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IYT's Mental Health Day: Nurturing Wellness and Dialogue Among Young Brothers

Updated: Jun 25


12/15/2023 UPDATE: IYT Receives $75K Grant from Kaiser to address mental health and emotional wellness among YMOC.


We are thrilled to announce a significant milestone in the journey of Improve Your Tomorrow (IYT) and its commitment to fostering mental health and emotional wellness. Thanks to the generous support of Kaiser Permanente, our Brothers of Sankofa initiative has been awarded a $75,000 grant. This substantial contribution underscores our shared vision of addressing mental health challenges and nurturing wellness in our communities.


The involvement of Kaiser Permanente extends beyond financial support. We were honored to have the presence and insights of Dr. James (Jay) L. Robinson III, PsyD, MBA, who serves as the Senior Vice President and Area Manager of the Sacramento and South Sacramento service areas at Kaiser Permanente.

Dr. Robinson graced attended our Mental Health Day this past July, engaging with our young men on the crucial topic of mental health stigma, particularly in communities of color. His inspiring career journey and enlightening perspective on Kaiser Permanente’s integrated model of care left an indelible mark on our participants.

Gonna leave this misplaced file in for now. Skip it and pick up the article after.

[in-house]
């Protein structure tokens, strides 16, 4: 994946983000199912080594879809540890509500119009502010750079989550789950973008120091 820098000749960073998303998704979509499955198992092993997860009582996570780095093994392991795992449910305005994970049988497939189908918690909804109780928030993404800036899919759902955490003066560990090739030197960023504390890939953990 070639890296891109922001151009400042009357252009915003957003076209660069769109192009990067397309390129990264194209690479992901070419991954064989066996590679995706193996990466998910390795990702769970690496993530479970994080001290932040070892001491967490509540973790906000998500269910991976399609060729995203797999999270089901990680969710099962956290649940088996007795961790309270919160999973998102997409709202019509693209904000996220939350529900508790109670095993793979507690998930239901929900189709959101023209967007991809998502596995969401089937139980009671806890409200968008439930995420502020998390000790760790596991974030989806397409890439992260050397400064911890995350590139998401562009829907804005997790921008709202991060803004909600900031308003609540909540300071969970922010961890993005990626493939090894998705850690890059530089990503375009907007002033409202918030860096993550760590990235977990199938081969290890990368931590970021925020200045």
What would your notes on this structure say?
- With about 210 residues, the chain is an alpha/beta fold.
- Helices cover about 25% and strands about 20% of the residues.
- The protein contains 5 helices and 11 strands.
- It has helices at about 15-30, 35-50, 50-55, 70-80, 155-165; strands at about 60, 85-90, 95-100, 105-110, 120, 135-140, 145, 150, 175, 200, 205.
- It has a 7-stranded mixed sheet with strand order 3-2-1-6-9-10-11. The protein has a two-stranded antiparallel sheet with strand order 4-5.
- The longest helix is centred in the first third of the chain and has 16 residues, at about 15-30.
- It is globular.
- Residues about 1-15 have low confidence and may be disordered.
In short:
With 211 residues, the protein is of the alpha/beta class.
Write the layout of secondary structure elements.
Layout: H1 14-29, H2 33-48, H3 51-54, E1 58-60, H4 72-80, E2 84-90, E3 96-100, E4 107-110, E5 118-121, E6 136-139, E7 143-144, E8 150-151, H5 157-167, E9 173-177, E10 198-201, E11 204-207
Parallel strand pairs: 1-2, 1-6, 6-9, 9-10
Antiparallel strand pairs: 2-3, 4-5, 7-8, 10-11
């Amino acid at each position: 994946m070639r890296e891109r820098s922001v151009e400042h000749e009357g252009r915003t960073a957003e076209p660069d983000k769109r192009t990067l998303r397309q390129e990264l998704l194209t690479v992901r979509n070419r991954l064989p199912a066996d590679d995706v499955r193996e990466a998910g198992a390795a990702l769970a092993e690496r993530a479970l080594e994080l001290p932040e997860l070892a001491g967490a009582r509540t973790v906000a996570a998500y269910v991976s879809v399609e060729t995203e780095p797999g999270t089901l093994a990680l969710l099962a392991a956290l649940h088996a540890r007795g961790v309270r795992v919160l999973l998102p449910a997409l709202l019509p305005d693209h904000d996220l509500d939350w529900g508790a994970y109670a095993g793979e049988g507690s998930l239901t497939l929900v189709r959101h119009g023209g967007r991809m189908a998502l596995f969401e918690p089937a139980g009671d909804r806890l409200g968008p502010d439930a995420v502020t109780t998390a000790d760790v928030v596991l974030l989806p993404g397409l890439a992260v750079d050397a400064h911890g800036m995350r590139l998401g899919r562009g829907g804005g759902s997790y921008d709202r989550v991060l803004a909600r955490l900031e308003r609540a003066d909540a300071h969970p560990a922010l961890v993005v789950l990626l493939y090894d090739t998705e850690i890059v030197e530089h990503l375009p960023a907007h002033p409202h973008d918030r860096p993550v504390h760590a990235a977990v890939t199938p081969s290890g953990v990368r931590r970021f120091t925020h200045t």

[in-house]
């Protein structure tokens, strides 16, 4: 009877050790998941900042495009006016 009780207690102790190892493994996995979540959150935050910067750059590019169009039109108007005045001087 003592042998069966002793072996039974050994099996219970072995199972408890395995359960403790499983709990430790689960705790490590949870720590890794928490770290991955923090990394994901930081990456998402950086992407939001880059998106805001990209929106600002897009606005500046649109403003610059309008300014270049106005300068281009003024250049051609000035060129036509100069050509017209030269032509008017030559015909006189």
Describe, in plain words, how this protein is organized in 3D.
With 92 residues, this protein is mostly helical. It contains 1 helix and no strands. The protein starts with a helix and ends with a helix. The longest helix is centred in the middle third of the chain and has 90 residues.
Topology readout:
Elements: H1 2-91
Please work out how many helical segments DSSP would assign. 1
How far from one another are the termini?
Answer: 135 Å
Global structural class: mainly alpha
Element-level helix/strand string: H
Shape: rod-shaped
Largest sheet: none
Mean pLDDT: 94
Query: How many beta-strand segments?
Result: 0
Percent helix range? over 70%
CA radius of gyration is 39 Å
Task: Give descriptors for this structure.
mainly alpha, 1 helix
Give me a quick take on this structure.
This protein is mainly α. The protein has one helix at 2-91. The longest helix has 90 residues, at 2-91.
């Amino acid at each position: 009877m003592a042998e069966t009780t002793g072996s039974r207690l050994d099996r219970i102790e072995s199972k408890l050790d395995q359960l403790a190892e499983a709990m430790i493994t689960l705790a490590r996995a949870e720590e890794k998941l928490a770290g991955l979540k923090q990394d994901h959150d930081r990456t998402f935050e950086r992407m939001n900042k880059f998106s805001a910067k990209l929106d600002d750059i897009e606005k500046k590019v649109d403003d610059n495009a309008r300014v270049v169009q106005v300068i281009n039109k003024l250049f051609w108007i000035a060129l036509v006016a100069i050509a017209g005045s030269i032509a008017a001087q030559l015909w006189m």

We are immensely grateful for this partnership, which not only brings invaluable financial resources but also high-quality mental health care information and leadership support to our doorstep. This collaboration is a testament to our ongoing efforts to create a supportive and understanding environment for the young men in our programs.


Dr. Robinson (center) stands with members of IYT's wellness program, Brothers of Sankofa during their annual Mental Health Day event.

IYT's Mental Health Day was focused on two objectives; demystifying and destigmatizing mental health for young men of color. The day's offerings were carefully curated to create an environment that encourages open and honest dialogue. Participants had the privilege of hearing from mental health professionals like Dr. Robinson, who share their experiences as people of color, cultivating an atmosphere that is both non-threatening and receptive.



A significant highlight involved smaller group discussions where participants shared personal experiences of trauma. These intimate sessions, conducted within a healing circle, served as a safe haven for participants to bond, learn from one another, and explore deeply personal topics. In the words of IYT member and participant, Jameele Anderson, "I enjoyed the conversations about mental health, but more specifically when we broke off into smaller groups because it provided a safe space for us to learn about each other and discuss personal things. Everyone was vulnerable and comfortable."


IYT's Mental Health Day served as an impactful platform that not only imparts knowledge but nurtures a sense of connection and understanding among the young brothers, fostering a culture of acceptance and growth.






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